The role of metabolism in the pathogenesis of adherent invasive Escherichia coli (AIEC)
University College Cork
Crohn’s disease (CD) is a chronic, relapsing inflammatory condition affecting the gastrointestinal tract of humans, of which there is currently no cure. The precise etiology of CD is unknown, although it has become widely accepted that it is a multifactorial disease which occurs as a result of an abnormal immune response to commensal enteric bacteria in a genetically susceptible host. Recent studies have shown that a new group of Escherichia coli, called Adherent Invasive Escherichia coli (AIEC) are present in the guts of CD patients at a higher frequency than in healthy subjects, suggesting that they may play a role in the initiation and/or maintenance of the inflammation associated with CD. Two phenotypes define an AIEC and differentiate them from other groups of E. coli. Firstly, AIEC can adhere to and invade epithelial cells; and secondly, they can replicate in macrophages. In this study, we use a strain of AIEC which has been isolated from the colonic mucosa of a CD patient, called HM605, to examine the relationship between AIEC and the macrophage. We show, using a systematic mutational approach, that while the Tricarboxylic acid (TCA) cycle, the glyoxylate pathway, the Entner-Doudoroff (ED) pathway, the Pentose Phosphate (PP) pathway and gluconeogenesis are dispensable for the intramacrophagic growth of HM605, glycolysis is an absolute requirement for the ability of this organism to replicate intracellularly. We also show that HM605 activates the inflammasome, a major driver of inflammation in mammals. Specifically, we show that macrophages infected with HM605 produce significantly higher levels of the pro-inflammatory cytokine IL-1β than macrophages infected with a non-AIEC strain, and we show by immunoblotting that this is due to cleavage of caspase-1. We also show that macrophages infected with HM605 exhibit significantly higher levels of pyroptosis, a form of inflammatory cell death, than macrophages infected with a non-AIEC strain. Therefore, AIEC strains are more pro-inflammatory than non-AIEC strains and this may have important consequences in terms of CD pathology. Moreover, we show that while inflammasome activation by HM605 is independent of intracellular bacterial replication, it is dependent on an active bacterial metabolism. Through the establishment of a genetic screen aimed at identifying mutants which activate the inflammasome to lower levels than the wild-type, we confirm our observation that bacterial metabolism is essential for successful inflammasome activation by HM605 and we also uncover new systems/structures that may be important for inflammasome activation, such as the BasS/BasR two-component system, a type VI secretion system and a K1 capsule. Finally, in this study, we also identify a putative small RNA in AIEC strain LF82, which may be involved in modulating the motility of this strain. Overall this works shows that, in the absence of specialised virulence factors, the ability of AIEC to metabolise within the host cell may be a key determinant of its pathogenesis.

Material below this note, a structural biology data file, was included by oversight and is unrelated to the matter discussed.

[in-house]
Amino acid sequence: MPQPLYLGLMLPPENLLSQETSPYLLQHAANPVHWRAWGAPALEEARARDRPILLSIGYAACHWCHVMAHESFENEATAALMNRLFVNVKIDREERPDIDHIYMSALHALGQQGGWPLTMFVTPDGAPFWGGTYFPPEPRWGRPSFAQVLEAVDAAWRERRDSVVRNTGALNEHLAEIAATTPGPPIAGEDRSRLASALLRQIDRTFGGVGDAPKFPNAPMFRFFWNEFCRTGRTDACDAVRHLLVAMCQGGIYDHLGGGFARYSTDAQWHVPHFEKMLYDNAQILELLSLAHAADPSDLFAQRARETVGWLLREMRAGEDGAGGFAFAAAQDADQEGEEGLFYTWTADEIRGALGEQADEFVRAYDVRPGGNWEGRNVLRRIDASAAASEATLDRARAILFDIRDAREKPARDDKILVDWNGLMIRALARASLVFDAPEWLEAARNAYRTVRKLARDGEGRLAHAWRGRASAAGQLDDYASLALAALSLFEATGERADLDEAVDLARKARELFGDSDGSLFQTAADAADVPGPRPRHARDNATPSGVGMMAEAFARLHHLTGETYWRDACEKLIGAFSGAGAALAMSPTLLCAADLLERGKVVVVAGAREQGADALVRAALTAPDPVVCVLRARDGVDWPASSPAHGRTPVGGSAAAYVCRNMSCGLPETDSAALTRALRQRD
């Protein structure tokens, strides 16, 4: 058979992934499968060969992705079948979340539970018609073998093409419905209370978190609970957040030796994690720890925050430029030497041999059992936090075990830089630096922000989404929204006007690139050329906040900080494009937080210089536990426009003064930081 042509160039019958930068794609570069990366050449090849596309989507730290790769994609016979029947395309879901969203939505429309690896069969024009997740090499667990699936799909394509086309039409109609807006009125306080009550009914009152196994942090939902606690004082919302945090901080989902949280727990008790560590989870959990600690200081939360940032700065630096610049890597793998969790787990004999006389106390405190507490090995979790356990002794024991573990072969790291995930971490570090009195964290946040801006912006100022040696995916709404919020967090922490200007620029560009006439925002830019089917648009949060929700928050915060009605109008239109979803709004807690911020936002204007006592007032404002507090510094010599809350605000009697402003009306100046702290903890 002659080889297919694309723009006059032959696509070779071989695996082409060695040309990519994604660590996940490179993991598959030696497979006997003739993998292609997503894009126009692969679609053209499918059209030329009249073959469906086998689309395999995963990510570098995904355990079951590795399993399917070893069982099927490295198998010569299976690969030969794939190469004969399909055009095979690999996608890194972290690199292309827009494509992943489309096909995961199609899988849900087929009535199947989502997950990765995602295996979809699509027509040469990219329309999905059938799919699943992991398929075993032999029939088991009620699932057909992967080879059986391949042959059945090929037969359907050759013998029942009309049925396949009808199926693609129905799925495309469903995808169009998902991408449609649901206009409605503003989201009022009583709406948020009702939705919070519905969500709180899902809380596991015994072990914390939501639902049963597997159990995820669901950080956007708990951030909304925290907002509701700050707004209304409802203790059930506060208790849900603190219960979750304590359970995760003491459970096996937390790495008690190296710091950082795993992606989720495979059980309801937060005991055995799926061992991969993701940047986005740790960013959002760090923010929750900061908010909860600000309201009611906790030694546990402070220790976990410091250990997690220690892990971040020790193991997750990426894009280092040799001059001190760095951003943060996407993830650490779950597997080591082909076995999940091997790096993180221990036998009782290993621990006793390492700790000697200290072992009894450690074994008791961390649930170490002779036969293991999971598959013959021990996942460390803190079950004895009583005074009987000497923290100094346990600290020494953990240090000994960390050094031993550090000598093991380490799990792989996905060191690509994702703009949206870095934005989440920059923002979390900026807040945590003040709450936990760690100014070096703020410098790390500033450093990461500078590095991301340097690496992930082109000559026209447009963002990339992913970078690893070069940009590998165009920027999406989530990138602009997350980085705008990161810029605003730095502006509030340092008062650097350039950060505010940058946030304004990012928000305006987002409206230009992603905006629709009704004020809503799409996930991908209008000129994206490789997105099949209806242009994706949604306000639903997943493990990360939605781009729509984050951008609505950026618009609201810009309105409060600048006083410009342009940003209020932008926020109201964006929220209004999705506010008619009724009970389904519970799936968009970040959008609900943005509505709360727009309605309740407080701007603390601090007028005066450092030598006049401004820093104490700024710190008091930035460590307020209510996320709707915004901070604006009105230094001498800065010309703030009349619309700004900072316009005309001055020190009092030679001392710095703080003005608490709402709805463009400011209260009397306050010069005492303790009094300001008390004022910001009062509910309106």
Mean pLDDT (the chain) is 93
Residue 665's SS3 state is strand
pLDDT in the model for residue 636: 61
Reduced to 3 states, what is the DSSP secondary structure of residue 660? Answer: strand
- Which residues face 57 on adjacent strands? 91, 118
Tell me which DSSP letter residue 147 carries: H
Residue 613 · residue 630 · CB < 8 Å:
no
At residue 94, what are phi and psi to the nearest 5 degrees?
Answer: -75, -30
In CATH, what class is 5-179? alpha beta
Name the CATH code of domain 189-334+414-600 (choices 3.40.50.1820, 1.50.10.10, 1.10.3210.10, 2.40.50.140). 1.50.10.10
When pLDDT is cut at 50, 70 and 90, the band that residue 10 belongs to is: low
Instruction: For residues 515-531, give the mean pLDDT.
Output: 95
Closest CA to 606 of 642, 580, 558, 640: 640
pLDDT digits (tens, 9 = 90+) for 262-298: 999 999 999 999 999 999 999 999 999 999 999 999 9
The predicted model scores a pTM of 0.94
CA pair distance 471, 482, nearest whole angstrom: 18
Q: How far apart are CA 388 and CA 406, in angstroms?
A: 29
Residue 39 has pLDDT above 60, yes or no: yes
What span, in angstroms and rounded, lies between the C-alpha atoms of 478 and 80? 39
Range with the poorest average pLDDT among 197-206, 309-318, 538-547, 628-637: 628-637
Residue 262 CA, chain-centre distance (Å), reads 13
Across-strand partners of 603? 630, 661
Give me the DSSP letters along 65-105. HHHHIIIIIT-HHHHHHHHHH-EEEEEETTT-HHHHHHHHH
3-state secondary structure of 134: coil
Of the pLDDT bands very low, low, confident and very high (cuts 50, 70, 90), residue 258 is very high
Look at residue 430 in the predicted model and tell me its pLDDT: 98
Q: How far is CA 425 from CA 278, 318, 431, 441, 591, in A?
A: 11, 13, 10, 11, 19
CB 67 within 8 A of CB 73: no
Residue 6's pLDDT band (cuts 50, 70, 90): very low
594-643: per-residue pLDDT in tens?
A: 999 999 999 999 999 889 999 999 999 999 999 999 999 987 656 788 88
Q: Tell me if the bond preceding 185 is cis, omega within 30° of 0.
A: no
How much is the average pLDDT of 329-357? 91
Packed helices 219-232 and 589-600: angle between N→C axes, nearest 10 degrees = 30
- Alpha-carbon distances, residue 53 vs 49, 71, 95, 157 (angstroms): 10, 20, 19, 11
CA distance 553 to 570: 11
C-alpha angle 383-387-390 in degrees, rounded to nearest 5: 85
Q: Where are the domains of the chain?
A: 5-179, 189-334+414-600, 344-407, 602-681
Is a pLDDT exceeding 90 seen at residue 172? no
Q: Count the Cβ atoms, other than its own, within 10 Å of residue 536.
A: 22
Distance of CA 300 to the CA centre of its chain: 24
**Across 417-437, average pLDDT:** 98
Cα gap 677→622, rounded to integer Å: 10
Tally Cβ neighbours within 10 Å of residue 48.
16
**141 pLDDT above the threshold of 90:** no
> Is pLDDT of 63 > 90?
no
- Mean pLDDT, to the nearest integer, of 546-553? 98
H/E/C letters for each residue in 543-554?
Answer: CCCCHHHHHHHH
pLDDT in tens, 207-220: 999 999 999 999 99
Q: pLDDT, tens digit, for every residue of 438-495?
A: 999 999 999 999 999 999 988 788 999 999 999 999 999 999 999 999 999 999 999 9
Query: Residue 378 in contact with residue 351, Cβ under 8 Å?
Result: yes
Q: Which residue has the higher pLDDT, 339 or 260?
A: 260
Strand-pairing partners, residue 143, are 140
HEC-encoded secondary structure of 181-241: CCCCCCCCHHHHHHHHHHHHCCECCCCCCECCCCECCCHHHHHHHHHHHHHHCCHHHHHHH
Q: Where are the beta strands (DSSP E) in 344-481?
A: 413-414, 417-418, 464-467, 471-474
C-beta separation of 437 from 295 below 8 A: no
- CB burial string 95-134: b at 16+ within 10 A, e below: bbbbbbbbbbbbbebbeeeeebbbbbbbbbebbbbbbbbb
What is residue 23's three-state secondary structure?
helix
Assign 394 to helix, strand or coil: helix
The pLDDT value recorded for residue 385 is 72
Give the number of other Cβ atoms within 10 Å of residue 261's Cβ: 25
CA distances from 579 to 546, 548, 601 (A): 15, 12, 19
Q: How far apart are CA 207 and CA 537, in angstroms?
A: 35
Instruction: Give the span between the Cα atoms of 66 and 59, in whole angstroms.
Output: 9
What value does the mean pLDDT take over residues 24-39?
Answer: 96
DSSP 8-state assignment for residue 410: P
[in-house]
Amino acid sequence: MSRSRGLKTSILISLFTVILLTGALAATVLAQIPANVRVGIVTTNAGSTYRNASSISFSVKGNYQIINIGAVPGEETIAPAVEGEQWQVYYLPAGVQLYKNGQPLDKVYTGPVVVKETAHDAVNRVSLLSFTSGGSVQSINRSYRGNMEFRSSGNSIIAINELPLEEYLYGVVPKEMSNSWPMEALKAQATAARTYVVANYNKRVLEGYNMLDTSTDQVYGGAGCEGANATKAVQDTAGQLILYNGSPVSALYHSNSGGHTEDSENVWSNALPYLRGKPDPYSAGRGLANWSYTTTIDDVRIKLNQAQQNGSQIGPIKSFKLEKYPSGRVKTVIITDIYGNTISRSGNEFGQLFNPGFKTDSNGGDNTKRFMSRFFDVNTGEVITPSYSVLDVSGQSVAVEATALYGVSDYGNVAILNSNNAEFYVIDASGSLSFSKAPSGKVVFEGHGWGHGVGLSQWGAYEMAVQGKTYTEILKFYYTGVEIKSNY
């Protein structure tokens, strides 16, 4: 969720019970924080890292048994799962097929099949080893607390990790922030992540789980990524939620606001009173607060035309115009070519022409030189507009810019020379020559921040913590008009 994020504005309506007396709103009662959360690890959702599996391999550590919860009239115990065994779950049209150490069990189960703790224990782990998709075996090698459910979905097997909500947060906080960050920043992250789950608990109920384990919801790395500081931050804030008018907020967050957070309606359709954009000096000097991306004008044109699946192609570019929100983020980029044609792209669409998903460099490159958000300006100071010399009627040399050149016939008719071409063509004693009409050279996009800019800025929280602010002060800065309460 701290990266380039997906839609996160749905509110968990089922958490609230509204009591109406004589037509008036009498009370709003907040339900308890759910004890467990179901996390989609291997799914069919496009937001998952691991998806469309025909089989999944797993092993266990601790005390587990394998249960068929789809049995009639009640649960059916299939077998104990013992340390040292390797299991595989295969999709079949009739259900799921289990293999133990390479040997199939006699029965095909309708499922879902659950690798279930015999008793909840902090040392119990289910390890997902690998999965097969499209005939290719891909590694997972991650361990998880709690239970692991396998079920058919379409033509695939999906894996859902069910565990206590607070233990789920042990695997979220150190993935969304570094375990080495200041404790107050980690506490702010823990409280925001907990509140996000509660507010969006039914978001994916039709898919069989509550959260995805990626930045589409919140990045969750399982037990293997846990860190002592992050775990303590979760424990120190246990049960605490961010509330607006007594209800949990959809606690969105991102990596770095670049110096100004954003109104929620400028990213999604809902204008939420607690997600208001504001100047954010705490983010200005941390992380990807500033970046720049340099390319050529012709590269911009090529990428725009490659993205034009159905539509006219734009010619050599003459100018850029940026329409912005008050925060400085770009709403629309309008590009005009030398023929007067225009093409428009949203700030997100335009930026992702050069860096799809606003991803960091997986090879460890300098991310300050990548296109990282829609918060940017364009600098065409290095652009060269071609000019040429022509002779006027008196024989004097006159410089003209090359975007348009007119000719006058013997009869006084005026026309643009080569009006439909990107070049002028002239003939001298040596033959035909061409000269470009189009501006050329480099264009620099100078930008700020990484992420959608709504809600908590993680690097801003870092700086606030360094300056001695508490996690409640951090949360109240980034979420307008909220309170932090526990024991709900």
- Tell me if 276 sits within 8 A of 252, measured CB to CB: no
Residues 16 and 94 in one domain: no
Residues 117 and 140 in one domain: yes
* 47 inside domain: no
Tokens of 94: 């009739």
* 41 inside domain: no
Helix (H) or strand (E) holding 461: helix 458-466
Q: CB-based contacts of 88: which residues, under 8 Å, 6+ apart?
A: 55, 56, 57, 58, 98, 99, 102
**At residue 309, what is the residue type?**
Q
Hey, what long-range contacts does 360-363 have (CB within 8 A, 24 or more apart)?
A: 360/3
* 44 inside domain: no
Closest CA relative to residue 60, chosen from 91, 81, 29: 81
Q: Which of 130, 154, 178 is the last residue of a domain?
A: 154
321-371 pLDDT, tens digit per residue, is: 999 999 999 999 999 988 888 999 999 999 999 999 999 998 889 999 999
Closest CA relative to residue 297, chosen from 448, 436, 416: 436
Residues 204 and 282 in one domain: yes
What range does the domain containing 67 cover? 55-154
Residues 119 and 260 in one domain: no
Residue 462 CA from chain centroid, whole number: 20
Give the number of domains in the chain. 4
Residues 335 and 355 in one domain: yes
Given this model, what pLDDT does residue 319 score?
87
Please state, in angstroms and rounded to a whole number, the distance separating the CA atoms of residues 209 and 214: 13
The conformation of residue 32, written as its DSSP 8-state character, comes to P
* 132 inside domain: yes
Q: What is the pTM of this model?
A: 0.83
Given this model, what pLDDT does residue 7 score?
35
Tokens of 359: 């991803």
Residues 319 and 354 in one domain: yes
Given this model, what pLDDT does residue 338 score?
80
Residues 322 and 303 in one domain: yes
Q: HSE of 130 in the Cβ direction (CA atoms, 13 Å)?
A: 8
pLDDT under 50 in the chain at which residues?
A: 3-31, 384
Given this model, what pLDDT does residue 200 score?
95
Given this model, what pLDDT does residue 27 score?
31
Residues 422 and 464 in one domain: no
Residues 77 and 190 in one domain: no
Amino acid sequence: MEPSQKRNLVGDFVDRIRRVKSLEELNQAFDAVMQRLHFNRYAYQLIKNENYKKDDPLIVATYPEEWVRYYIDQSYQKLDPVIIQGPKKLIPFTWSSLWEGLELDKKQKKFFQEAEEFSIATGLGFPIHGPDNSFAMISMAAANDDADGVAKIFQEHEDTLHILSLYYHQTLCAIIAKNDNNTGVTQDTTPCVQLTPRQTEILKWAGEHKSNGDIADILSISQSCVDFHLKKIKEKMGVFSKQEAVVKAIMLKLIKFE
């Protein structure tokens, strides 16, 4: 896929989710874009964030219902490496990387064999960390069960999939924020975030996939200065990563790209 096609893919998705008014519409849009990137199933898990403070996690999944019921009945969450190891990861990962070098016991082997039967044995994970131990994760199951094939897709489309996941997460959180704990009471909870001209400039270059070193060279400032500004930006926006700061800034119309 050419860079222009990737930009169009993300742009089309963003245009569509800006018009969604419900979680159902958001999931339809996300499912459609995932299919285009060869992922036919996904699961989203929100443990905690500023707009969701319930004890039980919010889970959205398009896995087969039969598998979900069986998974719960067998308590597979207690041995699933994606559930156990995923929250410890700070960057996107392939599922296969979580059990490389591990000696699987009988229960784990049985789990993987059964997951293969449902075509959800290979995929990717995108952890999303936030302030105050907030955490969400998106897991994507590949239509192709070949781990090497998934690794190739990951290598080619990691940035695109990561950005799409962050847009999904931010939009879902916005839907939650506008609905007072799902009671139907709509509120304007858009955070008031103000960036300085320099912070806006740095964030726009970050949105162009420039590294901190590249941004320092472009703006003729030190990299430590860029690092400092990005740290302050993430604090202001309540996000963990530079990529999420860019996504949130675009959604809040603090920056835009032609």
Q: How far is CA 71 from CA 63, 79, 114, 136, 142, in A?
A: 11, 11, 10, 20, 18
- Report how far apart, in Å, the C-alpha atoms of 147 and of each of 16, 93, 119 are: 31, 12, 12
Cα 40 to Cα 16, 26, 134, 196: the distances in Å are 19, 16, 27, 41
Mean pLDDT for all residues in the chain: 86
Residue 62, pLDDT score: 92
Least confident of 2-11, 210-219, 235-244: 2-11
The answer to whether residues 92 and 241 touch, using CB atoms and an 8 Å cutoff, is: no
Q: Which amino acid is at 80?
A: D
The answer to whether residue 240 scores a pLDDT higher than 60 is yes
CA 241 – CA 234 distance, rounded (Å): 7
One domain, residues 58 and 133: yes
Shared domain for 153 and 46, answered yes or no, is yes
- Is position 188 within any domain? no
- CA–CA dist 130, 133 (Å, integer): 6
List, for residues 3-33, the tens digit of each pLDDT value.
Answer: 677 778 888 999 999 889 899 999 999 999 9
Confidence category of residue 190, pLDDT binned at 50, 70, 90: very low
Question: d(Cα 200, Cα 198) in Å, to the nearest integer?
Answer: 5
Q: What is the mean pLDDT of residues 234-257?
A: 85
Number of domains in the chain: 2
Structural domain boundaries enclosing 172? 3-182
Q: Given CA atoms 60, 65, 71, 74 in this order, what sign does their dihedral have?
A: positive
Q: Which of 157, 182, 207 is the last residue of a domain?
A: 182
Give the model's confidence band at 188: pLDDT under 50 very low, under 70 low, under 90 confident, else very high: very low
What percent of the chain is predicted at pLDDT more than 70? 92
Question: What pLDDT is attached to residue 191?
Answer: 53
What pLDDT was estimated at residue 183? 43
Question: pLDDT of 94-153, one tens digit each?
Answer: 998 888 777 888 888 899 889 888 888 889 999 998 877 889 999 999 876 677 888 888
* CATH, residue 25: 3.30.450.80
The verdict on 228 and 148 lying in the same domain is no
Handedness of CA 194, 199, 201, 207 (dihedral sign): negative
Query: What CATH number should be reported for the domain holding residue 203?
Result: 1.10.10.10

Thompson, A. 2013. The role of metabolism in the pathogenesis of adherent invasive Escherichia coli (AIEC). PhD Thesis, University College Cork.